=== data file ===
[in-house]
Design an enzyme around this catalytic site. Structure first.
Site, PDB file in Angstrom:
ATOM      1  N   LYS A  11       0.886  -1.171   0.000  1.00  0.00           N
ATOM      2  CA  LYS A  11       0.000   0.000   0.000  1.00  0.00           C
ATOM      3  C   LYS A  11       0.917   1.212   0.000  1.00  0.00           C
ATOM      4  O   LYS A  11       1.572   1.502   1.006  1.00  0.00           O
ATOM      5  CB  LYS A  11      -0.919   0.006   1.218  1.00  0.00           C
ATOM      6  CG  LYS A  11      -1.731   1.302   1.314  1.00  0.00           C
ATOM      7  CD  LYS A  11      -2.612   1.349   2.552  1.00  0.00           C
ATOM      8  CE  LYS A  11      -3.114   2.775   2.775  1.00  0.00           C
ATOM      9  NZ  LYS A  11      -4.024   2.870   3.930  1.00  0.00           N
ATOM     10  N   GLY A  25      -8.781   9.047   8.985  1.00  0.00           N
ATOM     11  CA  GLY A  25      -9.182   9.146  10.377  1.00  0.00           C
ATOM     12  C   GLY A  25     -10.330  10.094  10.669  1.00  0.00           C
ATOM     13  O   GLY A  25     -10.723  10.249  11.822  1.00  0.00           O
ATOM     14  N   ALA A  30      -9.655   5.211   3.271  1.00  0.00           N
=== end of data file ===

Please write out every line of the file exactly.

[in-house]
Design an enzyme around this catalytic site. Structure first.
Site, PDB file in Angstrom:
ATOM      1  N   LYS A  11       0.886  -1.171   0.000  1.00  0.00           N
ATOM      2  CA  LYS A  11       0.000   0.000   0.000  1.00  0.00           C
ATOM      3  C   LYS A  11       0.917   1.212   0.000  1.00  0.00           C
ATOM      4  O   LYS A  11       1.572   1.502   1.006  1.00  0.00           O
ATOM      5  CB  LYS A  11      -0.919   0.006   1.218  1.00  0.00           C
ATOM      6  CG  LYS A  11      -1.731   1.302   1.314  1.00  0.00           C
ATOM      7  CD  LYS A  11      -2.612   1.349   2.552  1.00  0.00           C
ATOM      8  CE  LYS A  11      -3.114   2.775   2.775  1.00  0.00           C
ATOM      9  NZ  LYS A  11      -4.024   2.870   3.930  1.00  0.00           N
ATOM     10  N   GLY A  25      -8.781   9.047   8.985  1.00  0.00           N
ATOM     11  CA  GLY A  25      -9.182   9.146  10.377  1.00  0.00           C
ATOM     12  C   GLY A  25     -10.330  10.094  10.669  1.00  0.00           C
ATOM     13  O   GLY A  25     -10.723  10.249  11.822  1.00  0.00           O
ATOM     14  N   ALA A  30      -9.655   5.211   3.271  1.00  0.00           N